Journey into the Past, By Stefan Zweig

Lovers' tale told with intensity

Reviewed,C. J. Schler
Monday 29 June 2009 00:00 BST

Ludwig is a young engineer, ambitious, impoverished and proud. With great reluctance, he agrees to take up residence at the opulent Frankfurt villa of his elderly and ailing employer.

There, he and the councillor's young wife are drawn together, yet neither can acknowledge the depth of their feelings until Ludwig is sent to Mexico to set up a mining operation. As they face separation, their passion explodes – but will their love survive the test of time and distance?

Journey into the Past is vintage Stefan Zweig – lucid, tender, powerful and compelling. It was begun in the mid-1920s, along with several of his most unforgettable tales. Zweig continued to polish the story, and the corrected typescript remained with a London publisher at his death in 1942. Published in the complete German edition of his works in 1976, it has now been translated by Anthea Bell, one of our finest – and most prolific – translators from German.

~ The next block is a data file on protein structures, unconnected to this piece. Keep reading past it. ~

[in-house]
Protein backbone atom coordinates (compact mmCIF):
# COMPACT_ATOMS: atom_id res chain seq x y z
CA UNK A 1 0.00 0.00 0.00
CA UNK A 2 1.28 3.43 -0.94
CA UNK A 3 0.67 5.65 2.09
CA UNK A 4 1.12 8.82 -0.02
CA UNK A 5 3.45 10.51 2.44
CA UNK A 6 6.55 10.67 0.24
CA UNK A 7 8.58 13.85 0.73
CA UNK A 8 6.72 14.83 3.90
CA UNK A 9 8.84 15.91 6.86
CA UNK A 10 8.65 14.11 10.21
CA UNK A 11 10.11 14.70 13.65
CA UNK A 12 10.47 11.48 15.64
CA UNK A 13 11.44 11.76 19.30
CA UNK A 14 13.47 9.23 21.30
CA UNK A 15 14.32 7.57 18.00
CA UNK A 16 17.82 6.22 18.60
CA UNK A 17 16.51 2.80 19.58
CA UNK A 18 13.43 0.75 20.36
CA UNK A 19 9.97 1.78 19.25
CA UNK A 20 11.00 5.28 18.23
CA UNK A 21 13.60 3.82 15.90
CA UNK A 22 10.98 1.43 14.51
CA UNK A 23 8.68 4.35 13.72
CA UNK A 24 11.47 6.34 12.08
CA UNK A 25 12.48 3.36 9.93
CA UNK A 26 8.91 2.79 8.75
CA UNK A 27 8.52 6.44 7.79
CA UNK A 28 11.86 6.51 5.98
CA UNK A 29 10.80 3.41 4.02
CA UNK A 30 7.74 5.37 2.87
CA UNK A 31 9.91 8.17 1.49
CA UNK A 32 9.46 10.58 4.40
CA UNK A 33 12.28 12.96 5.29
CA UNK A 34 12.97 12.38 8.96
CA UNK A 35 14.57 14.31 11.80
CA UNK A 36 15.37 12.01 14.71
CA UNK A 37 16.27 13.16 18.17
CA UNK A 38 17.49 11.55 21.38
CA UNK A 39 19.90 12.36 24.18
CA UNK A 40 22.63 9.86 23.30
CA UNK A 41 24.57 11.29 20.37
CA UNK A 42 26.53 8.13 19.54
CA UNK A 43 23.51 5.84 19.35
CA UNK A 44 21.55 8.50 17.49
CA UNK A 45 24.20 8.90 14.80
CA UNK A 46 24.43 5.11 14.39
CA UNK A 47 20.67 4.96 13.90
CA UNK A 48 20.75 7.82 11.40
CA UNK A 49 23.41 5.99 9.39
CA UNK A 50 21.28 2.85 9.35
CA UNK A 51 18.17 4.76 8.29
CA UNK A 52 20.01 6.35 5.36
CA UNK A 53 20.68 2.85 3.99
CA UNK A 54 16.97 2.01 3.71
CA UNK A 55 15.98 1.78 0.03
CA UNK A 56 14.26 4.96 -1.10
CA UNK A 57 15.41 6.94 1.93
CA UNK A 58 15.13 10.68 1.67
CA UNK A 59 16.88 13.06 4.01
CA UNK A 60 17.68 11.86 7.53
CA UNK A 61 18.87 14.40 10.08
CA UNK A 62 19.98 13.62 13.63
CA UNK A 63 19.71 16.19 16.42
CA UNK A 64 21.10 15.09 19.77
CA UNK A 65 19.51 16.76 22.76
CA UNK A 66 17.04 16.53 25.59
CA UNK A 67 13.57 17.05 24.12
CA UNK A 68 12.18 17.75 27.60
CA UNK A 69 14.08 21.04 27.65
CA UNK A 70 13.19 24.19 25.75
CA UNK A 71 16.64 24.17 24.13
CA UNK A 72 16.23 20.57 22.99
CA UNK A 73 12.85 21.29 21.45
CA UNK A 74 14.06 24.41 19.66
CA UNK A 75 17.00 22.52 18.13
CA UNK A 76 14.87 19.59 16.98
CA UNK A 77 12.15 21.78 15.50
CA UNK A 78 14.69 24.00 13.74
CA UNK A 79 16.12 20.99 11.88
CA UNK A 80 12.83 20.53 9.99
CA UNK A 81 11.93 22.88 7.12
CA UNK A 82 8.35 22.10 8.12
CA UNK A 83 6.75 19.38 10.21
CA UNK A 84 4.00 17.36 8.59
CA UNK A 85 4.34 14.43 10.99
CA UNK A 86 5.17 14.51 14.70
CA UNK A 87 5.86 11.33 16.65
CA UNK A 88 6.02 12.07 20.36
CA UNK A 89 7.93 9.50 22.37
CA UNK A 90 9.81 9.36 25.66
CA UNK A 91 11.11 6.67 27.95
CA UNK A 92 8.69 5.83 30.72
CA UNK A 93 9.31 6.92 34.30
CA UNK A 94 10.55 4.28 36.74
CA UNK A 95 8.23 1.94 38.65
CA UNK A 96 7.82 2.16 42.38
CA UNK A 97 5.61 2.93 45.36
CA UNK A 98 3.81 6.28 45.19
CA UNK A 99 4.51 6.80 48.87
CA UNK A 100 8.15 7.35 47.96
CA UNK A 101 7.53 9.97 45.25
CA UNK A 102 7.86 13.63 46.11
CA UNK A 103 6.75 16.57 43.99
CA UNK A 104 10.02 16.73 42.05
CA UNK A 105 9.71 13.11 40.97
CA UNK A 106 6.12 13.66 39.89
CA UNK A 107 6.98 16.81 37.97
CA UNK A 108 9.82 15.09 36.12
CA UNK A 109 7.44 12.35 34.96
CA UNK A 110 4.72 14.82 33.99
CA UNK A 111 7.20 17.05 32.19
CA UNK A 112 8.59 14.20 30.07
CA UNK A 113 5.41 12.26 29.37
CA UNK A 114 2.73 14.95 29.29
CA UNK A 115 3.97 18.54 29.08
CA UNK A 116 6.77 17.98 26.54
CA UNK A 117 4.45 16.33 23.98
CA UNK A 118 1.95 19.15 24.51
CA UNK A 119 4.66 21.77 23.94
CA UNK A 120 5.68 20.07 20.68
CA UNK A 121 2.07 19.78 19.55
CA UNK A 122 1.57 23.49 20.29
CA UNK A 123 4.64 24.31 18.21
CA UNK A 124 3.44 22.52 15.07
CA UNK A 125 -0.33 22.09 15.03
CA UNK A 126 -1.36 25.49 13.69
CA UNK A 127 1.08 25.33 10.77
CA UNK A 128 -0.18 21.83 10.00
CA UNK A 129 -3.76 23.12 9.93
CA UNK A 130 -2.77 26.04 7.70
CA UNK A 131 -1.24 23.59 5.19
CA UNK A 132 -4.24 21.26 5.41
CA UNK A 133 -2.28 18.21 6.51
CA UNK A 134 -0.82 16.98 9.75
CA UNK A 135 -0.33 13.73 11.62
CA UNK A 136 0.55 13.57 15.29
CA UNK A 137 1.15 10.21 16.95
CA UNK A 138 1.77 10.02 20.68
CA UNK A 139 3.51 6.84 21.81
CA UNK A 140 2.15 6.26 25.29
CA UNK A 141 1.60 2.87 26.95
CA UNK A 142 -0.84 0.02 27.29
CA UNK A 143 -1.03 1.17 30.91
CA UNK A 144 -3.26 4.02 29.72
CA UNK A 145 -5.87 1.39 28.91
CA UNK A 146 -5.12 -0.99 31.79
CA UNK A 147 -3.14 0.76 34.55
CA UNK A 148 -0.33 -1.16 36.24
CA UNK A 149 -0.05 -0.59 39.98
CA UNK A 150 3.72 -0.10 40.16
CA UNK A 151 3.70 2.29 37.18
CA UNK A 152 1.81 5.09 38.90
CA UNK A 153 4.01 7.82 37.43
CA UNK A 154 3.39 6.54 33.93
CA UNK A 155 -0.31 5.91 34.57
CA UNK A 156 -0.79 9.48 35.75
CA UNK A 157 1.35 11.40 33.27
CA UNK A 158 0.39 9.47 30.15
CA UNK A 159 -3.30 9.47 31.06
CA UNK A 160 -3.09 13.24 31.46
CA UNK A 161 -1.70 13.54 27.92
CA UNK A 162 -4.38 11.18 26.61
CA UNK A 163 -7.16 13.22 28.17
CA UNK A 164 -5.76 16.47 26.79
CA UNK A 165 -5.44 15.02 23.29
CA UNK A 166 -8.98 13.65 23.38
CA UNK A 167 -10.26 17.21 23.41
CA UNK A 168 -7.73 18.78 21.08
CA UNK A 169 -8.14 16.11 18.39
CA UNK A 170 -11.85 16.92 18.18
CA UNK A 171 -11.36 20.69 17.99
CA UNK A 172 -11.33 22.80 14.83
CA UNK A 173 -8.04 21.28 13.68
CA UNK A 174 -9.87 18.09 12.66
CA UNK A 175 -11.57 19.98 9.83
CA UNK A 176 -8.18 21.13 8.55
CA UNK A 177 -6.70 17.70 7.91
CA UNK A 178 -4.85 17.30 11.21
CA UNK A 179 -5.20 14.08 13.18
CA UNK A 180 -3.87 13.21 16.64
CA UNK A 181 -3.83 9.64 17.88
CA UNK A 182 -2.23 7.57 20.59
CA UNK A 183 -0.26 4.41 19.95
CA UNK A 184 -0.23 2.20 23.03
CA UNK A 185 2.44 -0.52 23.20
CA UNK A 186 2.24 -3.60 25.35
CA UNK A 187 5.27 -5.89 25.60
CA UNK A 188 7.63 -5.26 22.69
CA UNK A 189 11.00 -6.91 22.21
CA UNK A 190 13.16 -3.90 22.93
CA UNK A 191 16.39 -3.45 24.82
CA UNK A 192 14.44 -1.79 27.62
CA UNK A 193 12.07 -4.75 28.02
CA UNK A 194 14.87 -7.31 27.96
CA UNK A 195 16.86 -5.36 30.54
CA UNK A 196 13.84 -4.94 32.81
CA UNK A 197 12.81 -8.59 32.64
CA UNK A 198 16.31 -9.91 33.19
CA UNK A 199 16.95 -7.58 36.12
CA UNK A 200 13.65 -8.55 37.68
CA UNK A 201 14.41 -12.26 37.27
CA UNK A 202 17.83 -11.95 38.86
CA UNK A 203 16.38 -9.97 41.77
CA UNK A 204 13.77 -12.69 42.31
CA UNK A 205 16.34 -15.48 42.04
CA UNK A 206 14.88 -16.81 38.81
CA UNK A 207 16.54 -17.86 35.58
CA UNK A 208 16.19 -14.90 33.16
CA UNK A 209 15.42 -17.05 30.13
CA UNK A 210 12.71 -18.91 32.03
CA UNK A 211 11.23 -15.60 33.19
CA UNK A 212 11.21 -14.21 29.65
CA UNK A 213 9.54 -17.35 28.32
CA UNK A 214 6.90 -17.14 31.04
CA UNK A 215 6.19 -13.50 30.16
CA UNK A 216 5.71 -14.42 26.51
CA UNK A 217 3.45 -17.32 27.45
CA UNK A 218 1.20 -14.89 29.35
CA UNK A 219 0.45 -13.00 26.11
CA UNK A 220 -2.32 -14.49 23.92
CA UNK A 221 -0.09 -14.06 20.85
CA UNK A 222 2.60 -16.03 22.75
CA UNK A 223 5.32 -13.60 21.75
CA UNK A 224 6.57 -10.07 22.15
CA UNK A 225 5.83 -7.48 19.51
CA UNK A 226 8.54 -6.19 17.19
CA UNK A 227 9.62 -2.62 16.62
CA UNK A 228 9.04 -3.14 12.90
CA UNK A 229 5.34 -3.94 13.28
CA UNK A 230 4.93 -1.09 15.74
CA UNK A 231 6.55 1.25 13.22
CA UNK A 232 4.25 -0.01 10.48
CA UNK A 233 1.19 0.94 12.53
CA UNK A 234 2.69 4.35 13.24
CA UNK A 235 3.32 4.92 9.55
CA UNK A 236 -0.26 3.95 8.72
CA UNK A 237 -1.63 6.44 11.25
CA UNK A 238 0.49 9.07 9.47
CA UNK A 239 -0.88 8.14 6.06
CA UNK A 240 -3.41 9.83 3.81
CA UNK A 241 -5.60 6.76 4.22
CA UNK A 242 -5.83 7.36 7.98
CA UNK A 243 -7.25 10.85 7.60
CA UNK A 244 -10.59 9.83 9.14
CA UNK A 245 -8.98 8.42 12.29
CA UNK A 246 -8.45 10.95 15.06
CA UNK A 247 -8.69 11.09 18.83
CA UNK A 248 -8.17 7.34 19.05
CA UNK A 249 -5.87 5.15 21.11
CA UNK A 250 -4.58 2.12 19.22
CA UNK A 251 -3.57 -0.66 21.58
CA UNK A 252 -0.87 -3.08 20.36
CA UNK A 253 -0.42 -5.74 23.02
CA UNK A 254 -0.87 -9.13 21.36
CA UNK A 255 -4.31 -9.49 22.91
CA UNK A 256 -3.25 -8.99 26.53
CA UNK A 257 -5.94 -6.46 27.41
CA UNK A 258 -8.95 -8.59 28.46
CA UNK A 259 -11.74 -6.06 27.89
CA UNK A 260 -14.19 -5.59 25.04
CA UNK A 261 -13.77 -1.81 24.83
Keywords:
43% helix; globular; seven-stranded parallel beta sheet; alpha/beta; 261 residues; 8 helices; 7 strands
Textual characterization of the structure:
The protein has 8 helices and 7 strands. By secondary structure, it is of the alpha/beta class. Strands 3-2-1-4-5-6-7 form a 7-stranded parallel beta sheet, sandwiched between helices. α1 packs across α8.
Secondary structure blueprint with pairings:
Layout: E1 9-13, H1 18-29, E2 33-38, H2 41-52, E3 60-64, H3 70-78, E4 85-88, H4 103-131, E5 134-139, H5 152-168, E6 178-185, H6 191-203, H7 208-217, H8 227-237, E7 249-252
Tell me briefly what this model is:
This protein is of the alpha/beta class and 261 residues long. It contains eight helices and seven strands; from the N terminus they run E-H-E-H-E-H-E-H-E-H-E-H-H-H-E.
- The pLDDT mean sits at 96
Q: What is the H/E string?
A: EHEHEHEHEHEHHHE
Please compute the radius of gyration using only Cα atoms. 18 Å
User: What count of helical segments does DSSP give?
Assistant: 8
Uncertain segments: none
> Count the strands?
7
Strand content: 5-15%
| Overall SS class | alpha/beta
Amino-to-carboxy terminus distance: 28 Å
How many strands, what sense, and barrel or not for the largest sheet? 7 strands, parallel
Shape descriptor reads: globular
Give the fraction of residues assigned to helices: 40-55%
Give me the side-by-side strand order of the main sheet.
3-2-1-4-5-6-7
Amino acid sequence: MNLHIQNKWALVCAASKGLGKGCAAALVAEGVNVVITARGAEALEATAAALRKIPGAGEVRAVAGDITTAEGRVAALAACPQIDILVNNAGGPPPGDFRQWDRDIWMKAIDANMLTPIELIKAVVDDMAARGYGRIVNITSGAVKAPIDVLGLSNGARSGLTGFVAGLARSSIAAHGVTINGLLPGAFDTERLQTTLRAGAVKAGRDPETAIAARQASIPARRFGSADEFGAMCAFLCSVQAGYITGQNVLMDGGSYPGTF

Though Zweig completed two full-length novels and many short stories, the novella was the form in which he excelled. In the hands of a practitioner of Zweig's calibre, it can achieve an extraordinary intensity. This novella's characteristic framing device of a railway journey emphasises that we are dealing with a critical moment that will define the rest of that existence.

As in much of Zweig's fiction written after the First World War, Journey also shows the devastating effect of that conflict. In Mexico, Ludwig crosses off the days on the calendar like a prisoner awaiting release. But then his hopes founder on "the disastrous day that pitilessly tore up not only his calendar but, with total indifference, the lives and thoughts of millions".

Thanks to Pushkin Press and the New York Review Books, Zweig has been rescued from unjustified obscurity in the English-speaking world, and has found articulate champions, including the novelist Paul Bailey, who has provided an introduction to this book. Aficionados will be glad to know that there are more such gems still awaiting translation.

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